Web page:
I am afraid that the 'general students' will not even speak up in a conference like that, as they are trying to fly under the radar. I think if a teacher really wants to reach out to those students, the teacher should try to establish a friendly relationship with the students so students are willing to open up to the teacher.
Your idea makes me think of an intersting observation in normal classroom. When there is grouping, teachers tend to randomly assign the students into groups. Their assumption may be with students of different ability in a group, they can have peer cooperation. Students with higher achievement can always help those weaker one while those with lower ability can seek help from their friends. However, the cruel fact is that, the brillant students will always be the dominant students who take all the responsibilities in the group. For the medium or even weak students, they tend to be a passive member instead of contributing a lot. They tend to depend on their groupmates. This picture brings out a question about the appropriate use of grouping. Normally we encourage the use of heterogenous grouping as it can invlove the greatest types of students in one group. Nonetheless, somtimes we can also think of the feasibility of adopting homogenous grouping so that students with similar knowledge level, performance can work together. Teachers may find it easier to design a more specfic set of teaching material for particular group of students.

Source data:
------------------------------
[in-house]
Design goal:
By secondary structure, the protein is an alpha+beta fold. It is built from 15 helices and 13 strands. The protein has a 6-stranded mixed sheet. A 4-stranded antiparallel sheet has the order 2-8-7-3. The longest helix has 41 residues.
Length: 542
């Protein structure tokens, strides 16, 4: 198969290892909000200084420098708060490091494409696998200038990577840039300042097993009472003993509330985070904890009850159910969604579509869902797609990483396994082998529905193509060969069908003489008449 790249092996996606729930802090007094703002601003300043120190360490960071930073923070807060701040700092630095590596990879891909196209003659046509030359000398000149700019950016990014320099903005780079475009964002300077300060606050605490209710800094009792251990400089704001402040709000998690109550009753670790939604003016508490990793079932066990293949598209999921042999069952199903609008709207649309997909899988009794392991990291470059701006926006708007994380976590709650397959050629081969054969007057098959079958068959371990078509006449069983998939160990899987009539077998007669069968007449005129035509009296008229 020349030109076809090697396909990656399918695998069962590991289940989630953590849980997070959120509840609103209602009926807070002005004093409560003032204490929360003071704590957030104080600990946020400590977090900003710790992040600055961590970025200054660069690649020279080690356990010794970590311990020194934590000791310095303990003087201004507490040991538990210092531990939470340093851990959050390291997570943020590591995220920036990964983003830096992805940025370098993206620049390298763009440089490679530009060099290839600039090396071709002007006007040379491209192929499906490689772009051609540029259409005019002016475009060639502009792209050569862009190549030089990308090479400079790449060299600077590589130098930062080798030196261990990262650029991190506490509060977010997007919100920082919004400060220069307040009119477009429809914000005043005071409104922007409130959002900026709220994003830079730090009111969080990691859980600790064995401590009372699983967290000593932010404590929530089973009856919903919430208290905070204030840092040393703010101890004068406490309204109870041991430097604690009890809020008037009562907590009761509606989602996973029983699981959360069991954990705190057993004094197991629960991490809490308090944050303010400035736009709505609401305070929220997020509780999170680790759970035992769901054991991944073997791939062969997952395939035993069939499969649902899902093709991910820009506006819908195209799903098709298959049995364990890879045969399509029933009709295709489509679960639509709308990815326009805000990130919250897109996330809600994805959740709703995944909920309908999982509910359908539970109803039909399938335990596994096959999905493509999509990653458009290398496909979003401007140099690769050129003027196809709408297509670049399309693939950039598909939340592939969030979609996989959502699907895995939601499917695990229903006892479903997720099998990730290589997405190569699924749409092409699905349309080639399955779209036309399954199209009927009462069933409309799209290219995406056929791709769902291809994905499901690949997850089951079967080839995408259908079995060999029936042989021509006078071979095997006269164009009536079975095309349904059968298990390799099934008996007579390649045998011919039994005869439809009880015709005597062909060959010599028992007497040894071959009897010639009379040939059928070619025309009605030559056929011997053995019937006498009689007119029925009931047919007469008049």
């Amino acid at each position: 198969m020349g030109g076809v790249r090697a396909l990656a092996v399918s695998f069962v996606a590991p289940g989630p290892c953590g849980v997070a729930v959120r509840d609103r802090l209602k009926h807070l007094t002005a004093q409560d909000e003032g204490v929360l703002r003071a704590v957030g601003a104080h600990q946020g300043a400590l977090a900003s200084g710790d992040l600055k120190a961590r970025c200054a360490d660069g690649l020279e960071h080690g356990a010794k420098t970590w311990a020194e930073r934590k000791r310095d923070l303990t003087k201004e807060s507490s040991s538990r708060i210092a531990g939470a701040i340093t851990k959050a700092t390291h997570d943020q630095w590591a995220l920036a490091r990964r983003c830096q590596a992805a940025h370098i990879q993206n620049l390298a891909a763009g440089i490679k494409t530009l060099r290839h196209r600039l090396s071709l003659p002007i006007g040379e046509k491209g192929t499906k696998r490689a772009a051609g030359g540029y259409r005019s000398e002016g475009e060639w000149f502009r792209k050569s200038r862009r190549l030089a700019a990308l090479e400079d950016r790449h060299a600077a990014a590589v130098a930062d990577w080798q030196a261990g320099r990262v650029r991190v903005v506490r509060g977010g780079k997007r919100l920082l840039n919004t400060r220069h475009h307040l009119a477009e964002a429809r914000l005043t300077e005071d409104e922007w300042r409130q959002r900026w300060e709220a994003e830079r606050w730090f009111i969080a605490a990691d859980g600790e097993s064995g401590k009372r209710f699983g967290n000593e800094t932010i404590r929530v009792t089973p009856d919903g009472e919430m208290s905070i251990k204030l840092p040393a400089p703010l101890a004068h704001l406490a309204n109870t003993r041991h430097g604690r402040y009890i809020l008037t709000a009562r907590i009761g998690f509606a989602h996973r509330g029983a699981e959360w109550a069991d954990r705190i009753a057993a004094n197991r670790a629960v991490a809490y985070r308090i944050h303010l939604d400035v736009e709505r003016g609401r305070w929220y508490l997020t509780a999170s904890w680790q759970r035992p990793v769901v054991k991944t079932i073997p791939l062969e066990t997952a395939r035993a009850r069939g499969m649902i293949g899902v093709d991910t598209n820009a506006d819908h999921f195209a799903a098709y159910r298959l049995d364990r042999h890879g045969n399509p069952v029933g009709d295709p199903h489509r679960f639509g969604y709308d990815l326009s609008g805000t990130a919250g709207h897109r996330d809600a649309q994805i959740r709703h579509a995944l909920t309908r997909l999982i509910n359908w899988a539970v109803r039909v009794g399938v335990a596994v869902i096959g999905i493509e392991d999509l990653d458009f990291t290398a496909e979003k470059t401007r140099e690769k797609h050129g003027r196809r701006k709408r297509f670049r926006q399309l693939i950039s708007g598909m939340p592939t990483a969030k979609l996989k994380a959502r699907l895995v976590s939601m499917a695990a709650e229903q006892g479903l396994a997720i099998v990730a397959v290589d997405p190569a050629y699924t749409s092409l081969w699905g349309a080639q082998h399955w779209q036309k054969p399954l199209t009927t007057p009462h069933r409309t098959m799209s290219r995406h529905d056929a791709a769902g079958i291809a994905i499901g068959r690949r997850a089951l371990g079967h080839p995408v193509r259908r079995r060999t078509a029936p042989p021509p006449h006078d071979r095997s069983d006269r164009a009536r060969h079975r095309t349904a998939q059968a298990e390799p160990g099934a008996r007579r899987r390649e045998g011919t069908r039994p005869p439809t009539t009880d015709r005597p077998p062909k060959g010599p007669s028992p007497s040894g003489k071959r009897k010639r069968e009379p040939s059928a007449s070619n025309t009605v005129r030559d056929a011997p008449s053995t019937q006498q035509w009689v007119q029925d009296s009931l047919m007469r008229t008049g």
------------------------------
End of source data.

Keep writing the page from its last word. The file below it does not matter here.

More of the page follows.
We agree with the idea that identifying the 'general' level of the students is a difficult task to carry out. That is why a possible solution would be to evaluate them on specific dates during the course. This may not count as part of the assessment, just as a guide for the teacher so as to know better the needs of their students. As this test needs no specific grade students may feel less pressure and they may answer more sincerely.
Regarding the classification of students in either 'higher' level or 'lower' level groups, we would suggest a different approach. For instance, mixing students instead of separating them may be highly beneficial. The reason of doing this is that such differentiation may lead to discriminatory attitudes.
The second question"how to determine the difficulty of the assignment" is asking how teachers adjust the difficulty of assignment, especially for the "general" students. Since the academic results and learning performance of "general" students are usually unstable -- sometimes they may get a good results and the next time they may slip back. It makes us hard to classify them and identity their needs. As the result, it is difficult for teachers to determine the difficulty of their assignments.
I think the most important thing is teachers are better not to ignore any students in class and keep concerning them, but I know it is hard to do this because of the large class teaching in Hong Kong and the limited time and energy of teachers. So, I suggest school prepare a personal learning portfolio which record all their academic results and comments from teachers for each student. It help other teachers to know more about the students and help them to determine the difficulty of the assignment. Also, teachers can promote homogeneous ability grouping in class and group students according their performance that shown in their personal learning portfolio. It can fulfill students' educational and emotional needs since students with the similar abilities are grouped and teachers can give different assignments to different level students.
CHENG Yi PoMAN Wing SeeYIP Hiu Ting